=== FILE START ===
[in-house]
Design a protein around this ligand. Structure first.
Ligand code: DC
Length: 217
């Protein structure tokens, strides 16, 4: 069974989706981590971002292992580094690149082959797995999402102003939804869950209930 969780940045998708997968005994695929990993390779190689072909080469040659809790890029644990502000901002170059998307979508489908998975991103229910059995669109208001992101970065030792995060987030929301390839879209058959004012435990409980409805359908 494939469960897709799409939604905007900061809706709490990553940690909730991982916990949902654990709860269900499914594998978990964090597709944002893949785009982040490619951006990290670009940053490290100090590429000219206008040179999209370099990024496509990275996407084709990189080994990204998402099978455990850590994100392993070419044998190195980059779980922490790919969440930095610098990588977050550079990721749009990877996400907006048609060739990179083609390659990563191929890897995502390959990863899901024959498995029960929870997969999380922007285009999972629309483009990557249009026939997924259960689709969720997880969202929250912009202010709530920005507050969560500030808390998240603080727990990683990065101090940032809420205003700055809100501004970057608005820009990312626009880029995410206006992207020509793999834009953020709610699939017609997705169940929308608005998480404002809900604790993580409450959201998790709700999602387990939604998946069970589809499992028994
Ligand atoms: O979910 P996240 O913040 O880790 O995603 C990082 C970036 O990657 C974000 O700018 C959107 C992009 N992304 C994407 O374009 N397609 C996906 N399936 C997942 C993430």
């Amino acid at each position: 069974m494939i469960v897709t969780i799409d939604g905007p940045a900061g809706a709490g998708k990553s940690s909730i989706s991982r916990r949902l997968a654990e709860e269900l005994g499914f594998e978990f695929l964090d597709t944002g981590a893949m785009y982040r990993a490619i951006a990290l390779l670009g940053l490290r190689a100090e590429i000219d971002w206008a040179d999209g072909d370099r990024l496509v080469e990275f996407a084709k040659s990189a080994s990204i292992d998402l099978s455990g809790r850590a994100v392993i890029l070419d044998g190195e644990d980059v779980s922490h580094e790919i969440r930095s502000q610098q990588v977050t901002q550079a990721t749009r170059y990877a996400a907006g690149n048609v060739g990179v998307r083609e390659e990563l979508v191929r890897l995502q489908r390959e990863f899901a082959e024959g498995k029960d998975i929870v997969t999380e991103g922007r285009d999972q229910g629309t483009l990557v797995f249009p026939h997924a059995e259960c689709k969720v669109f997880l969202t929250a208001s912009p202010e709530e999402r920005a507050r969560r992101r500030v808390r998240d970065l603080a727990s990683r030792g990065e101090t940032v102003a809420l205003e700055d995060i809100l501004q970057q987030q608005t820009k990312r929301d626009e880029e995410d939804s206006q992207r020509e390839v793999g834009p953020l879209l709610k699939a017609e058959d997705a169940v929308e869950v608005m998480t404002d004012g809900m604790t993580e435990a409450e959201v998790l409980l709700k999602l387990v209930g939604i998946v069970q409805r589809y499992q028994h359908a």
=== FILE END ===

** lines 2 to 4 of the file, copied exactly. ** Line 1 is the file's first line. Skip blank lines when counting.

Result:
Design a protein around this ligand. Structure first.
Ligand code: DC
Length: 217